If the transparent matrix is of the vitreous type, said at least one photoluminescent compound can be dissolved in at least one suitable solvent (which can be selected from those indicated above) obtaining a solution which is deposited on a sheet of said transparent matrix of the vitreous type, forming a film comprising said at least one photoluminescent compound operating, for example, with the use of a filmograph of the Doctor Blade type: said solvent is then left to evaporate.

Alternatively, a sheet comprising said at least one photoluminescent compound and said polymer obtained as described above, by dispersion in the molten state, or by mass additivation, and subsequent casting, can be enclosed between two sheets of said transparent matrix of the vitreous type (sandwich) operating according to the known lamination technique.

Preferably, said luminescent solar concentrator (LSC) can be produced in the form of a sheet by mass additivation and subsequent casting, as described above. Said sheets are subsequently coupled with the photovoltaic cells (or solar cells) .

As indicated above, the present invention also relates to an integrated process for the cultivation of algae and the production of electric energy comprising: - cultivating at least one alga in the presence of an aqueous culture medium in a cultivation area comprising at least one luminescent solar concentrator (LSC) in which at least one photovoltaic cell (or solar cell) is positioned on at least one of its outer sides, obtaining an aqueous suspension of algal biomass and electric energy;

- recovering said algal biomass from said aqueous suspension of algal biomass;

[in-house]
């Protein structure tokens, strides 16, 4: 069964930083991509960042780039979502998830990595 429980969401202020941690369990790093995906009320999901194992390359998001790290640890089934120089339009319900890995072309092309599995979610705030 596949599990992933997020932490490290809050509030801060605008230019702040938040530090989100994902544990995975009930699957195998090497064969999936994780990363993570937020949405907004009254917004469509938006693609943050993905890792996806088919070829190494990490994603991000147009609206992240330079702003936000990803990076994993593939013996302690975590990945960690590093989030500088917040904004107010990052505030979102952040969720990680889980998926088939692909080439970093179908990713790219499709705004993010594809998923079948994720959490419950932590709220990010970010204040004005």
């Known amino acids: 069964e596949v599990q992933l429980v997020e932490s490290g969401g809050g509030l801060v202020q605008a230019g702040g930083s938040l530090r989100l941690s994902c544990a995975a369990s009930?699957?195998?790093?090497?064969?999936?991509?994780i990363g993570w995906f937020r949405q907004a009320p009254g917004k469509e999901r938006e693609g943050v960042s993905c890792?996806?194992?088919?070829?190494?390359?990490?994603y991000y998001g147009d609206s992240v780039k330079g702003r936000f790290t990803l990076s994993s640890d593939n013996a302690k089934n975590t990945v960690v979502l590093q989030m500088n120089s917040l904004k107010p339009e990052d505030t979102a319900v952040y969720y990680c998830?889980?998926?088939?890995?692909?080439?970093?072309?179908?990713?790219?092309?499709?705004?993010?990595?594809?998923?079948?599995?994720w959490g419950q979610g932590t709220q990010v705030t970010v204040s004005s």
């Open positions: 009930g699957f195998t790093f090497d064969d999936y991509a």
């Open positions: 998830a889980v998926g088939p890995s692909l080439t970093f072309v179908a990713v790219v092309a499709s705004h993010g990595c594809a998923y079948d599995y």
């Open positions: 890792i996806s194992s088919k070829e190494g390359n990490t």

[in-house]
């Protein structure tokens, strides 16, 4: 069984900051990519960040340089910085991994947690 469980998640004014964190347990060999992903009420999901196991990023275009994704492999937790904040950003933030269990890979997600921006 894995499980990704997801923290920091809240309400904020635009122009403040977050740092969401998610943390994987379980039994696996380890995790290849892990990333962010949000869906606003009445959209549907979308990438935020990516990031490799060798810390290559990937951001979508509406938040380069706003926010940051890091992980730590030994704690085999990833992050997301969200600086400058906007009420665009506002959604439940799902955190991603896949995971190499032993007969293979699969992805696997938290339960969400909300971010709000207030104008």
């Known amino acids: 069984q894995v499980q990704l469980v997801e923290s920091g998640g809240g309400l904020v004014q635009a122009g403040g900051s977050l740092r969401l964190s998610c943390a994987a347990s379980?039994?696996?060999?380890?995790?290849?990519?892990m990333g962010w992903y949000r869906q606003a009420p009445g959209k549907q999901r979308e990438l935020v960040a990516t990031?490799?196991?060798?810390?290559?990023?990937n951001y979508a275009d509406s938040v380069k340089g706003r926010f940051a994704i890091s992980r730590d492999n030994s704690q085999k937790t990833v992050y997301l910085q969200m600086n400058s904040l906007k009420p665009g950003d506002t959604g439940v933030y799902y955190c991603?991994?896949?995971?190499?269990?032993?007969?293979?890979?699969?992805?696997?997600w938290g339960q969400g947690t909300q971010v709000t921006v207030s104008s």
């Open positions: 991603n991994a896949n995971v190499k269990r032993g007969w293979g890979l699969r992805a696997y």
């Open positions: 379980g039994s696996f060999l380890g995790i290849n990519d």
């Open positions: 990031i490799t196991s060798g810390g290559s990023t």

- recovering said electric energy.

Said alga can be selected from microalgae

(unicellular algae) . Microalgae which can be advantageously used for the aim of the present invention can be selected from the following species: Nannochloropsis, Chlorella, Oocystis, Scenedesmus, Ankistrodesmus, Phaedactylum, Amphipleura, Amphora, Chaetoceros, Cyclotella, Cymbella, Fragilaria,

Navicula, Nitzschia, Achnantes, Dulaniella,

Oscillatoria, Porphiridium, Traustochytrium, Spirulina, or their consortia.

The water used for the cultivation of said alga can be selected from fresh water (e.g., river water); salt water (e.g., seawater); wastewater coming from treatment plants of civil water, or treatment plants of industrial water such as, for example, oil plants or refineries.

The cultivation of said alga can be carried out under phototrophic conditions, or under mixotrophic conditions.

The cultivation of said alga can be conveniently carried out in cultivation systems known in the state of the art such as, for example, open ponds (OP), photoreactors (FR), photobioreactors (FBR), or combinations thereof.

The recovery of the algal biomass from the aqueous suspension of algal biomass can be carried out through various processes such as, for example:

- gravitational separation by means of decanters and/or thickeners, typically used in water treatment plants;

- flotation;

- gravimetric separation by means of cyclones or spirals;

- centrifugation;

- filtration by means of membranes for ultra- or micro-filtration, or vacuum filtration;

- treatment by means of filter presses or belt presses.

At the end of the above treatments, a concentrated aqueous suspension of algal biomass and water, is obtained.